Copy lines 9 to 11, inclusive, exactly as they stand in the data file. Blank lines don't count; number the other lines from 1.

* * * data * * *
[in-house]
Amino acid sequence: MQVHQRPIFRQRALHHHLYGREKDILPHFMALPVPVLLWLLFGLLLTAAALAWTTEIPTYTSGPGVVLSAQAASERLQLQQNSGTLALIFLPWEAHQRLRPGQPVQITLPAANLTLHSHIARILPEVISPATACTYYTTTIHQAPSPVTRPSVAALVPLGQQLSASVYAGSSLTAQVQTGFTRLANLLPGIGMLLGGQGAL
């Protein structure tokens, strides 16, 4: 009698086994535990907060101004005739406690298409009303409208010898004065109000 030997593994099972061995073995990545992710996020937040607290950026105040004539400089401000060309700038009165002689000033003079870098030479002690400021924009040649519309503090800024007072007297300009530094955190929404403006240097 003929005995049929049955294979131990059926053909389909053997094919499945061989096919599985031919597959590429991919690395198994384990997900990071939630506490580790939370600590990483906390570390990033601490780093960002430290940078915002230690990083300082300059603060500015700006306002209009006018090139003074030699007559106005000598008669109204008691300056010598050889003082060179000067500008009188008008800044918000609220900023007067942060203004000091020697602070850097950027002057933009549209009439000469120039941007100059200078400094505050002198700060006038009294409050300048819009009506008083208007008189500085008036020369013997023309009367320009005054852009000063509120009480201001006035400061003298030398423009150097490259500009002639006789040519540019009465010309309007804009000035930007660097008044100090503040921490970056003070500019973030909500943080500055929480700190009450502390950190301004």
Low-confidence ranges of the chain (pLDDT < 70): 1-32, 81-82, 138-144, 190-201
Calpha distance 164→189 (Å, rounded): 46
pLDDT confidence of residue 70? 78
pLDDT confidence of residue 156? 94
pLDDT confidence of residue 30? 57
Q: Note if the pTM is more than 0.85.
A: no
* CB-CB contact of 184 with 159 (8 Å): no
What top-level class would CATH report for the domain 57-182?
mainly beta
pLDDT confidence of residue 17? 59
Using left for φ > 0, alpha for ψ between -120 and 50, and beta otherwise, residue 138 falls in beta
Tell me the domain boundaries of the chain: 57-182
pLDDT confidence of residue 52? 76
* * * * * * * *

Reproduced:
Q: Note if the pTM is more than 0.85.
A: no
* CB-CB contact of 184 with 159 (8 Å): no